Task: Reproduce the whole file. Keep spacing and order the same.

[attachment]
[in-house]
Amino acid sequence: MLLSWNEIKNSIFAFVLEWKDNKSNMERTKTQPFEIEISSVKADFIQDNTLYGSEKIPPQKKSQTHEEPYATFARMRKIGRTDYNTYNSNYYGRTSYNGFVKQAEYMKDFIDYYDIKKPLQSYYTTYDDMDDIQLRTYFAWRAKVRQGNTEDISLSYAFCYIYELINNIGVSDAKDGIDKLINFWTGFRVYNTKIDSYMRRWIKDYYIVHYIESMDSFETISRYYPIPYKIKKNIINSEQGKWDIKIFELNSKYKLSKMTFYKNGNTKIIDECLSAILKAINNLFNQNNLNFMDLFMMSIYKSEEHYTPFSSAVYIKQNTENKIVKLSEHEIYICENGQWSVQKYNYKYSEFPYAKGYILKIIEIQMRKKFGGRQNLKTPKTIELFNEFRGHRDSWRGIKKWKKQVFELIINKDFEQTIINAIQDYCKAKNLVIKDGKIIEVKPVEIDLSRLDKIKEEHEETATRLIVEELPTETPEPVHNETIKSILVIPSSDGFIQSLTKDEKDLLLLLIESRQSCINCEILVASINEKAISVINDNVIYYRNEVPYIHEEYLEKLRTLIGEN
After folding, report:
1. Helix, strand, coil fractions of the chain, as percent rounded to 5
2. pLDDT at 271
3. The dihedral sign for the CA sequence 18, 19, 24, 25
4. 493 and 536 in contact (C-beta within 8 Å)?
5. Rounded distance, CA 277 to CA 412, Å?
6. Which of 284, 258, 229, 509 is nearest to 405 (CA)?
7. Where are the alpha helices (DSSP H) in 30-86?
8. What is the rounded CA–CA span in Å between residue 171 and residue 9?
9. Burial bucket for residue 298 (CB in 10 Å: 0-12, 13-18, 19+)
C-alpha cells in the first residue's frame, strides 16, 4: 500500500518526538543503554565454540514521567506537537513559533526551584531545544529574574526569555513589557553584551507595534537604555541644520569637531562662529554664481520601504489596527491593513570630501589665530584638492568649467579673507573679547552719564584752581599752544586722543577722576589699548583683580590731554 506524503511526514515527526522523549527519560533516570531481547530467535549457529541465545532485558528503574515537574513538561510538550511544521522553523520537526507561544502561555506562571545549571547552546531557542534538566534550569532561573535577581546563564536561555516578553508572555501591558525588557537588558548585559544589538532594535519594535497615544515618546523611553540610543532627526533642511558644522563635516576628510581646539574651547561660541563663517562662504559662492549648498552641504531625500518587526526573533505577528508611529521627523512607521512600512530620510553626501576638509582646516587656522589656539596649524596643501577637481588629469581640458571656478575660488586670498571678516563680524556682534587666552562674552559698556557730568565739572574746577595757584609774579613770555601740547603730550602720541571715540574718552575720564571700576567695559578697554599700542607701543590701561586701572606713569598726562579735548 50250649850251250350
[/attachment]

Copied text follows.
[in-house]
Amino acid sequence: MLLSWNEIKNSIFAFVLEWKDNKSNMERTKTQPFEIEISSVKADFIQDNTLYGSEKIPPQKKSQTHEEPYATFARMRKIGRTDYNTYNSNYYGRTSYNGFVKQAEYMKDFIDYYDIKKPLQSYYTTYDDMDDIQLRTYFAWRAKVRQGNTEDISLSYAFCYIYELINNIGVSDAKDGIDKLINFWTGFRVYNTKIDSYMRRWIKDYYIVHYIESMDSFETISRYYPIPYKIKKNIINSEQGKWDIKIFELNSKYKLSKMTFYKNGNTKIIDECLSAILKAINNLFNQNNLNFMDLFMMSIYKSEEHYTPFSSAVYIKQNTENKIVKLSEHEIYICENGQWSVQKYNYKYSEFPYAKGYILKIIEIQMRKKFGGRQNLKTPKTIELFNEFRGHRDSWRGIKKWKKQVFELIINKDFEQTIINAIQDYCKAKNLVIKDGKIIEVKPVEIDLSRLDKIKEEHEETATRLIVEELPTETPEPVHNETIKSILVIPSSDGFIQSLTKDEKDLLLLLIESRQSCINCEILVASINEKAISVINDNVIYYRNEVPYIHEEYLEKLRTLIGEN
After folding, report:
1. Helix, strand, coil fractions of the chain, as percent rounded to 5
2. pLDDT at 271
3. The dihedral sign for the CA sequence 18, 19, 24, 25
4. 493 and 536 in contact (C-beta within 8 Å)?
5. Rounded distance, CA 277 to CA 412, Å?
6. Which of 284, 258, 229, 509 is nearest to 405 (CA)?
7. Where are the alpha helices (DSSP H) in 30-86?
8. What is the rounded CA–CA span in Å between residue 171 and residue 9?
9. Burial bucket for residue 298 (CB in 10 Å: 0-12, 13-18, 19+)
C-alpha cells in the first residue's frame, strides 16, 4: 500500500518526538543503554565454540514521567506537537513559533526551584531545544529574574526569555513589557553584551507595534537604555541644520569637531562662529554664481520601504489596527491593513570630501589665530584638492568649467579673507573679547552719564584752581599752544586722543577722576589699548583683580590731554 506524503511526514515527526522523549527519560533516570531481547530467535549457529541465545532485558528503574515537574513538561510538550511544521522553523520537526507561544502561555506562571545549571547552546531557542534538566534550569532561573535577581546563564536561555516578553508572555501591558525588557537588558548585559544589538532594535519594535497615544515618546523611553540610543532627526533642511558644522563635516576628510581646539574651547561660541563663517562662504559662492549648498552641504531625500518587526526573533505577528508611529521627523512607521512600512530620510553626501576638509582646516587656522589656539596649524596643501577637481588629469581640458571656478575660488586670498571678516563680524556682534587666552562674552559698556557730568565739572574746577595757584609774579613770555601740547603730550602720541571715540574718552575720564571700576567695559578697554599700542607701543590701561586701572606713569598726562579735548 50250649850251250350